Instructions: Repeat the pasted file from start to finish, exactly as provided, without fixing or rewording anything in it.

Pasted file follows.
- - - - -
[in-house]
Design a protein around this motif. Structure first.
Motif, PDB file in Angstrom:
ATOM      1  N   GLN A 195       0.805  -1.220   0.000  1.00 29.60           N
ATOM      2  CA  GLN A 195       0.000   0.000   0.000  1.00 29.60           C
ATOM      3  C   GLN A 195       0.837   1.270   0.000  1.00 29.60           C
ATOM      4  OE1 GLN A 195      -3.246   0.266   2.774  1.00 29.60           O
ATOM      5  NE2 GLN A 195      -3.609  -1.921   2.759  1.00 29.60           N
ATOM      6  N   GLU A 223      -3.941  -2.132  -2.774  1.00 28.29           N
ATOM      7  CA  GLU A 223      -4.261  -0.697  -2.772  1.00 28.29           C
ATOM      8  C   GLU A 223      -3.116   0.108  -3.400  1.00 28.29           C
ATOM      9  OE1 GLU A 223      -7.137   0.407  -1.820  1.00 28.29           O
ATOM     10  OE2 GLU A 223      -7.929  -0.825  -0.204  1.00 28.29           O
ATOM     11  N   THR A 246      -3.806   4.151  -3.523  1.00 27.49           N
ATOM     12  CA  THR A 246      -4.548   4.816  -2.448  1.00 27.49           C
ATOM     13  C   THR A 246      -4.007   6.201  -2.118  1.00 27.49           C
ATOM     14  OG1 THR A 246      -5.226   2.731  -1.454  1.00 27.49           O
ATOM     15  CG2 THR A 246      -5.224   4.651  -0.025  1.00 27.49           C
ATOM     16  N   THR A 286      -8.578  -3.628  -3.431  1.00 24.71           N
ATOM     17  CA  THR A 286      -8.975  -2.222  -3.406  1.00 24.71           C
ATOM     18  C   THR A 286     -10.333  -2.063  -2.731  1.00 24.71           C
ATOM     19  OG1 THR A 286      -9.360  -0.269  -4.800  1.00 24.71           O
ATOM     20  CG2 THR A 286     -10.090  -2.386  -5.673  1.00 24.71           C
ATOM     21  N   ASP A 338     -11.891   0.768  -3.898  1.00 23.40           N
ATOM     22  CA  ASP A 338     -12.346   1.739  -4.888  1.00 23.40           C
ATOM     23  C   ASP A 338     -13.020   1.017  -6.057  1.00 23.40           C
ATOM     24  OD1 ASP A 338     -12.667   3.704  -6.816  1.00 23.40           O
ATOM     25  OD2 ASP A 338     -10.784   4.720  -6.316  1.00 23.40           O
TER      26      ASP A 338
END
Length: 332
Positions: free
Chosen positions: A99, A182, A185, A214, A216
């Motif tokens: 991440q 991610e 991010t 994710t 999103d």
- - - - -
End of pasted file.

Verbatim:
[in-house]
Design a protein around this motif. Structure first.
Motif, PDB file in Angstrom:
ATOM      1  N   GLN A 195       0.805  -1.220   0.000  1.00 29.60           N
ATOM      2  CA  GLN A 195       0.000   0.000   0.000  1.00 29.60           C
ATOM      3  C   GLN A 195       0.837   1.270   0.000  1.00 29.60           C
ATOM      4  OE1 GLN A 195      -3.246   0.266   2.774  1.00 29.60           O
ATOM      5  NE2 GLN A 195      -3.609  -1.921   2.759  1.00 29.60           N
ATOM      6  N   GLU A 223      -3.941  -2.132  -2.774  1.00 28.29           N
ATOM      7  CA  GLU A 223      -4.261  -0.697  -2.772  1.00 28.29           C
ATOM      8  C   GLU A 223      -3.116   0.108  -3.400  1.00 28.29           C
ATOM      9  OE1 GLU A 223      -7.137   0.407  -1.820  1.00 28.29           O
ATOM     10  OE2 GLU A 223      -7.929  -0.825  -0.204  1.00 28.29           O
ATOM     11  N   THR A 246      -3.806   4.151  -3.523  1.00 27.49           N
ATOM     12  CA  THR A 246      -4.548   4.816  -2.448  1.00 27.49           C
ATOM     13  C   THR A 246      -4.007   6.201  -2.118  1.00 27.49           C
ATOM     14  OG1 THR A 246      -5.226   2.731  -1.454  1.00 27.49           O
ATOM     15  CG2 THR A 246      -5.224   4.651  -0.025  1.00 27.49           C
ATOM     16  N   THR A 286      -8.578  -3.628  -3.431  1.00 24.71           N
ATOM     17  CA  THR A 286      -8.975  -2.222  -3.406  1.00 24.71           C
ATOM     18  C   THR A 286     -10.333  -2.063  -2.731  1.00 24.71           C
ATOM     19  OG1 THR A 286      -9.360  -0.269  -4.800  1.00 24.71           O
ATOM     20  CG2 THR A 286     -10.090  -2.386  -5.673  1.00 24.71           C
ATOM     21  N   ASP A 338     -11.891   0.768  -3.898  1.00 23.40           N
ATOM     22  CA  ASP A 338     -12.346   1.739  -4.888  1.00 23.40           C
ATOM     23  C   ASP A 338     -13.020   1.017  -6.057  1.00 23.40           C
ATOM     24  OD1 ASP A 338     -12.667   3.704  -6.816  1.00 23.40           O
ATOM     25  OD2 ASP A 338     -10.784   4.720  -6.316  1.00 23.40           O
TER      26      ASP A 338
END
Length: 332
Positions: free
Chosen positions: A99, A182, A185, A214, A216
């Motif tokens: 991440q 991610e 991010t 994710t 999103d």